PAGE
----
Judging     Return to Standards
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Judging Leghorns
The most successful exhibitors are assisted in being consistent winners under various judges not only by the all round superiority of their stock, but also by knowing the preferences of each judge in respect of the variety being exhibited. Every judge has (or should have) a thorough knowledge of the approved standard for the breed he is to adjudicate upon, yet there will always be some variation in the placings by different judges on the same exhibits. This gives the interest and uncertainty to showing and is due not only to difference in the interpretation of the written standard by judges but there are individual preferences for a certain class of bird in each breed. This is often influenced by the birds a judge keeps in his own yard - he selects birds for the breed points and type preferred and accordingly looks for similar qualities when judging. This article is not written to describe the ideal male and female, but rather to mention some points which are specially pleasing to me when judging Leghorns.

I readily admit that I have my own preferences in most breeds and I do value, most highly, superior quality in points that as a breeder I have found difficult to produce consistently in the variety being judged.

With Leghorns, especially males, I am immediately attracted by a bird that is active and stylish in the show pen. There is a certain style, character or temperament that a Leghorn male must possess and I have little interest in a bird that does not display it. Some males are close to standard requirements in head points, body shape and feathering yet they are dull and lazy in the pen, lacking style. In my interpretation of the Standard, that shows a lack of true Leghorn breed character. Often this inactivity is due to the bird being troubled by overdone headgear, usually caused by close penning for too long or incorrect feeding. A firm well serrated comb, free of wrinkles or thumb marks in front and with a well finished blade carried just clear of the neck cannot be regularly produced by careless selection of the breeding stock. Really good combs and lobes are a sign of a sound breeding line and a male that has proved his pre-potency to produce high quality head-points is a great asset to any breeder. I often admired the neat head-points of males exhibited by C.A. Clark and Son and Mr Harry Clark told me shortly before he passed on that their breeding stock was selected to produce show cockerels, yet they were able to win with pullets also. The style a bird displays in a show pen is influenced by its natural temperament which is an hereditary characteristic. A sour tempered bird should never be used for breeding. Abundance of furnishings and width of tail coverts and sickles adds a certain quality to a Leghorn male and indicates good breeding. Feather quality in any breed will appeal to a judge who has learnt to look for it and value its importance in the show pen.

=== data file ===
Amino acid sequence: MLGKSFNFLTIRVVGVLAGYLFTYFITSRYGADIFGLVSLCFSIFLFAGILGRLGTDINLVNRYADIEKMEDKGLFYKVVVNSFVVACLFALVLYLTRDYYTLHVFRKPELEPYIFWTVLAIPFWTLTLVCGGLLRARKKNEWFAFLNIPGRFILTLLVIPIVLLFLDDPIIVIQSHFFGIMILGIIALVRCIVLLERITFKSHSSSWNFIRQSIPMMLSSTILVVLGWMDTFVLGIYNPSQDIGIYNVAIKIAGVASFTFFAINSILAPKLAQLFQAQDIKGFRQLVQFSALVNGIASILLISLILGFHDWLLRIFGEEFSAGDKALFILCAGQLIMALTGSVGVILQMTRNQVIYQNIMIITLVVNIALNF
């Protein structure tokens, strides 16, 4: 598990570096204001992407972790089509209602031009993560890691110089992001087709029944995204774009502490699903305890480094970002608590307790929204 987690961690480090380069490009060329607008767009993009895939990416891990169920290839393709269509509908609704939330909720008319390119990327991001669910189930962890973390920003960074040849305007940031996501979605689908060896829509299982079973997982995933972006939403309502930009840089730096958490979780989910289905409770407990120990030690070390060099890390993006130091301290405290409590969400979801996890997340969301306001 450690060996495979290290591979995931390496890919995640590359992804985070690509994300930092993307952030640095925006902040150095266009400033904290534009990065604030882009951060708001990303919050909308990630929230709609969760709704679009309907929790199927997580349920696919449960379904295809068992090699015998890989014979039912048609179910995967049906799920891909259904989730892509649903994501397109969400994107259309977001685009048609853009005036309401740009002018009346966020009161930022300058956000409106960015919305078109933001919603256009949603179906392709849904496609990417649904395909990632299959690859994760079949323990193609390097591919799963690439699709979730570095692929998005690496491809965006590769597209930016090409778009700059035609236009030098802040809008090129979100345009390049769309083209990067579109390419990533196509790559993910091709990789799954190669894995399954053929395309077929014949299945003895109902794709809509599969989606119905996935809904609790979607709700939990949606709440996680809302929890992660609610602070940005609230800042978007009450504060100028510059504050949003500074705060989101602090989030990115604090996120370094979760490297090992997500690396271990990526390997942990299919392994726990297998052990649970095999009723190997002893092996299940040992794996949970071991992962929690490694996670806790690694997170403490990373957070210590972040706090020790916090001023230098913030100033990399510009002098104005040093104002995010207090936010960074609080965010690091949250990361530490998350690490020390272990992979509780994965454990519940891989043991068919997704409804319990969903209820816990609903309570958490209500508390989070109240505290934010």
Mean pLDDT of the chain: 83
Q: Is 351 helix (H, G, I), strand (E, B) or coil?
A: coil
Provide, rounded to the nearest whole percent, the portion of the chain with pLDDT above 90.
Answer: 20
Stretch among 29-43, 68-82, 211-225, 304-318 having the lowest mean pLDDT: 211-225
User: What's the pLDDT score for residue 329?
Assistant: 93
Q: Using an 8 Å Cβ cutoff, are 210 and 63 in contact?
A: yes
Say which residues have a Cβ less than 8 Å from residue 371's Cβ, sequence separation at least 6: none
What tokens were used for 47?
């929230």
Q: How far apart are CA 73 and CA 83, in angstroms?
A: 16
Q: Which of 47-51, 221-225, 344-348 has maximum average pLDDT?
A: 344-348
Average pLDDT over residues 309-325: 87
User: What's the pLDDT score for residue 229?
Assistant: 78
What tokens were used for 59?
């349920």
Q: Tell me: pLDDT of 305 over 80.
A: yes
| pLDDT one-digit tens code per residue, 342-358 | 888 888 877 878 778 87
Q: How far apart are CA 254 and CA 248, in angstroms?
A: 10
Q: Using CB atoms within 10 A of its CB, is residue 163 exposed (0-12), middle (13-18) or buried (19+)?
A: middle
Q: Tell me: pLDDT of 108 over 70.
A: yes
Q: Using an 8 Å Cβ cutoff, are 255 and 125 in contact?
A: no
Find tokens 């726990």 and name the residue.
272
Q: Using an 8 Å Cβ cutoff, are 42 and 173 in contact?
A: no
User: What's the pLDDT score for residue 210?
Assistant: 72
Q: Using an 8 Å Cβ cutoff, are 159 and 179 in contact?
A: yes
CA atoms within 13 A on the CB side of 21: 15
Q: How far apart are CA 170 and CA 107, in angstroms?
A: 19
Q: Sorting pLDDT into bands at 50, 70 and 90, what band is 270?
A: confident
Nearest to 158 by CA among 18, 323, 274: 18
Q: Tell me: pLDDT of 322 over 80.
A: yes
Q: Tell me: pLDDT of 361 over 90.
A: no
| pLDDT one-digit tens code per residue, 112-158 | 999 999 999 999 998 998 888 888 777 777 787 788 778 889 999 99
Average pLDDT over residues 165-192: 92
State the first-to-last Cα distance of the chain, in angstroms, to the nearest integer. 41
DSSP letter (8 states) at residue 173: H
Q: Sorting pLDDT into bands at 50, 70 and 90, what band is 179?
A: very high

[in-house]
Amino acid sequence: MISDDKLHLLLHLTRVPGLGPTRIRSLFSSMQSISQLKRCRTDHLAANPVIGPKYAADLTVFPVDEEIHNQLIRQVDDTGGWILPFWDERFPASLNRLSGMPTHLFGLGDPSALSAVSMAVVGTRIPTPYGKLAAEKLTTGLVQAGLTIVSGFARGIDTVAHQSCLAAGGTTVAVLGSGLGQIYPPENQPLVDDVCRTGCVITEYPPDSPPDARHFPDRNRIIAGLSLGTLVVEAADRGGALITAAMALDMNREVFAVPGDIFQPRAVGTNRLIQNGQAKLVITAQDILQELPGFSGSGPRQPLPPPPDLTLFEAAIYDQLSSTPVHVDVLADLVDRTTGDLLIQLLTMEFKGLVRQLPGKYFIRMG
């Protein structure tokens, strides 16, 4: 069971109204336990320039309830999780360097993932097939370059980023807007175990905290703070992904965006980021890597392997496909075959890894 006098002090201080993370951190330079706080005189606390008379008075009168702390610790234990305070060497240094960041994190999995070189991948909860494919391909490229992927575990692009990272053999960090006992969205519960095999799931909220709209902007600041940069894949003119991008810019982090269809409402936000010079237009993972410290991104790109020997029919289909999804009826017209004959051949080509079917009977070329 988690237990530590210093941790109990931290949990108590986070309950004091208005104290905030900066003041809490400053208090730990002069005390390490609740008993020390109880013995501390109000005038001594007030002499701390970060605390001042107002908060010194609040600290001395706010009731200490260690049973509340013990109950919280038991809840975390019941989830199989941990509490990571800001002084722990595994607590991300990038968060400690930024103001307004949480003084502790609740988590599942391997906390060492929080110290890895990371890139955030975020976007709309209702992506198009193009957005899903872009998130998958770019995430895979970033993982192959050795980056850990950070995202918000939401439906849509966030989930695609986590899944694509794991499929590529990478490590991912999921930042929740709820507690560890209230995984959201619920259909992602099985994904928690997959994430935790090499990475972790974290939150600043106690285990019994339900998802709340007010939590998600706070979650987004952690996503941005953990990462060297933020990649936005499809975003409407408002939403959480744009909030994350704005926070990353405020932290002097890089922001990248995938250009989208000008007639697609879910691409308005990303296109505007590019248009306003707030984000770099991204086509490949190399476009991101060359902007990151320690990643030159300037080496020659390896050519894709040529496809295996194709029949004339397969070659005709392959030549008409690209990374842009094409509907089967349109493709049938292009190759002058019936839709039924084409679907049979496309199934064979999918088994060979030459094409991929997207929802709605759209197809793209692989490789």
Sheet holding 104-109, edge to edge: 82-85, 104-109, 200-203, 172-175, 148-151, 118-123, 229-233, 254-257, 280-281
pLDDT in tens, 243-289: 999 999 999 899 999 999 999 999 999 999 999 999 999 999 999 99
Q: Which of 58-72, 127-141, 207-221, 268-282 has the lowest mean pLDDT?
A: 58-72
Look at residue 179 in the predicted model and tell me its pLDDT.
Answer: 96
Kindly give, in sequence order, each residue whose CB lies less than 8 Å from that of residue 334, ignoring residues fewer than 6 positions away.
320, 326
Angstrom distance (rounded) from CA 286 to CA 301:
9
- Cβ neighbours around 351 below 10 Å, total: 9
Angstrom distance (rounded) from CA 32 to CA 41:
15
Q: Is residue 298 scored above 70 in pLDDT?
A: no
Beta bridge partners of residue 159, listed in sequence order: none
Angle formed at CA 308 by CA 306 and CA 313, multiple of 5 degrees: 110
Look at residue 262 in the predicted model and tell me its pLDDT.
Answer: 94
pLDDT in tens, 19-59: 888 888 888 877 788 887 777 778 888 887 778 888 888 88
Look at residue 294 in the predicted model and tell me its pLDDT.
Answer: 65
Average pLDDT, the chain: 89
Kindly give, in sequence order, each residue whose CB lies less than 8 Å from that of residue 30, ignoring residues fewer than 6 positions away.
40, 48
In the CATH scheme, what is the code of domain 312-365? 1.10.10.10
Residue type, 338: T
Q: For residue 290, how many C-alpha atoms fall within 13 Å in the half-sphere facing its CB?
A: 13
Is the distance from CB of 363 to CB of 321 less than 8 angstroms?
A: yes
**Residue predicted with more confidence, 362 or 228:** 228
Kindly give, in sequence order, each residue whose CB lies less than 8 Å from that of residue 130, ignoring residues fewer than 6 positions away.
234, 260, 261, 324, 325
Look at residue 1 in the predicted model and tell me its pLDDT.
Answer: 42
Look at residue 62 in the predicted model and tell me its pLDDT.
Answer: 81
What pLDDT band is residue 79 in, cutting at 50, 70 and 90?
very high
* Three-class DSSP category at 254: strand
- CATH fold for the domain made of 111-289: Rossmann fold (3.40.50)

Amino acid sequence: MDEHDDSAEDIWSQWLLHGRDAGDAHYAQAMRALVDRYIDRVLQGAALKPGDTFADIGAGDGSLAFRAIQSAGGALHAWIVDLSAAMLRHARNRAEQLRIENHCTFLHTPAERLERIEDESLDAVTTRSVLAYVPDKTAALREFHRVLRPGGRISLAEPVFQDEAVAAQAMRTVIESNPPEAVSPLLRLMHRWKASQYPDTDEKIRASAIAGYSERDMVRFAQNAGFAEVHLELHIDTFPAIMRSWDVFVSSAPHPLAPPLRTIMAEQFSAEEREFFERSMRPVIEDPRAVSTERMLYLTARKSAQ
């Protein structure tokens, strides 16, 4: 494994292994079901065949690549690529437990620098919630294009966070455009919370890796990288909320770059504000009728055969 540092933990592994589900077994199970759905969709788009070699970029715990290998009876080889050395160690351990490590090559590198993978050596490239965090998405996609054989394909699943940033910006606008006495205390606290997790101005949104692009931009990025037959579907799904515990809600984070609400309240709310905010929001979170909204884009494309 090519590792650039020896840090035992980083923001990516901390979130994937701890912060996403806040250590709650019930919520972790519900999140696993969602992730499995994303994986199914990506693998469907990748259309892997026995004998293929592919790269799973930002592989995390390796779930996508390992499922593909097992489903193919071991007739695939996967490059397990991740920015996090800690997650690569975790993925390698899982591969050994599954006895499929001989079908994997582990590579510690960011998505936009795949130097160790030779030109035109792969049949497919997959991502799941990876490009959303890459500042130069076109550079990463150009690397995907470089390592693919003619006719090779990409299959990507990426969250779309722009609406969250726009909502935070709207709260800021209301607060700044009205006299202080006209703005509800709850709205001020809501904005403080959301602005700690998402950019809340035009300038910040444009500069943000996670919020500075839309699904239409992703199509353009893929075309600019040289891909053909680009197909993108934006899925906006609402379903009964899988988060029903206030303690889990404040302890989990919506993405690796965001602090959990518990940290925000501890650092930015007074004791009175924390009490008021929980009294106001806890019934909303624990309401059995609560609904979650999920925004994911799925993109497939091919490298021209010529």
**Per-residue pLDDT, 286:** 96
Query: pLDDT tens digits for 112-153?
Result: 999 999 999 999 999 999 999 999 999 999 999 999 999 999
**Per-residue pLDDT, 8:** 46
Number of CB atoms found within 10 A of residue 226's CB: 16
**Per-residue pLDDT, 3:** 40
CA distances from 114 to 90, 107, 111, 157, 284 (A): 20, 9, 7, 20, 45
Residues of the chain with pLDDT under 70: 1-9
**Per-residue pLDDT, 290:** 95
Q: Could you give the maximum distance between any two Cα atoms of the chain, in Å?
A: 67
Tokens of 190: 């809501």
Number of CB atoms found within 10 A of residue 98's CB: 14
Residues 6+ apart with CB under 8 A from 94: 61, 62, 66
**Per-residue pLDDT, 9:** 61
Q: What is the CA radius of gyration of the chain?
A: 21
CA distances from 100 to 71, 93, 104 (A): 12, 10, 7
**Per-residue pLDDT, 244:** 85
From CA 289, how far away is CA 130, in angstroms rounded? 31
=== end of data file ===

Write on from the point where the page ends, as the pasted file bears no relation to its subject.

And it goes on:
In Leghorn females, two points I notice immediately are a neatly folded firm comb, not overdone and obstructing an eye or loose and being tossed to cither side and a correctly set tail. So many Leghorn females fail by being too tight and narrow in tail giving the impression of it being snick onto the end of the body instead of the back feathers gradually merging onto a tail which has some width at the base.

Good ear lobes always attract attention on a Leghorn of either sex and the perfectly flat lobes of the correct shape and substance are not seen as often as they should be. Males are inclined to be loo wide and hollow in lobes and I prefer the lobes flat and properly set on the face, not spreading over the edge of the wattles. In females, the lack of a good edge on the lobes is a common defect, the lobe needs substance with the front edge distinct from the face. I am sure every judge of Leghorns of any colour is attracted by rich yellow legs that are perfectly clean and free from any sign of dirt under the scales. This is a detail in show preparation so often overlooked by exhibitors. Learn to clean the legs properly and attend to it some days before the

show and again before washing the exhibit, so that it is not half done when time is short just before showing. Exhibits shown by breeders from the south coast of New South Wales and reared on dairy farms always have beautiful leg colour, however the right attention can produce similar results in a backyard. In the early 1940s Mr Chas Elliott, a leading breeder of Brown Leghorns at Adamstown, NSW, housed his cockerels in single pens in deep sheds with horse manure as litter. The feather condition and rich leg colour of his young birds were outstanding. Anyone who saw the Black Leghorn females shown by the late Jock Salmond would never forget the clean rich yellow legs of his exhibits. It is a distinct advantage in the show pen and I urge all breeders to make an effort to keep up the leg colour of their birds as pale legs can spoil the chances of an otherwise good quality exhibit. The importance of a daily supply of fresh green feed to maintain leg colour and add extra bloom to show exhibits cannot be over emphasised.

I like to see good body development at the rear of a Leghorn, not cut away or shallow behind the legs. A common defect in females is a boat shaped body lacking depth and capacity at the rear. But over all, to me the most objectionable fault a Leghorn can have in the show pen is to have legs set close together or in-kneed.

Any judge is attracted by an exhibit that has been well-prepared, shown fit and in perfect feather condition, in addition to excellence in standard requirements.

by courtesy of  Ian Benson, Maclean, NSW ....
A well known breeder of several varieties of poultry.   Has judged at leading NSW and interstate shows for the past forty years.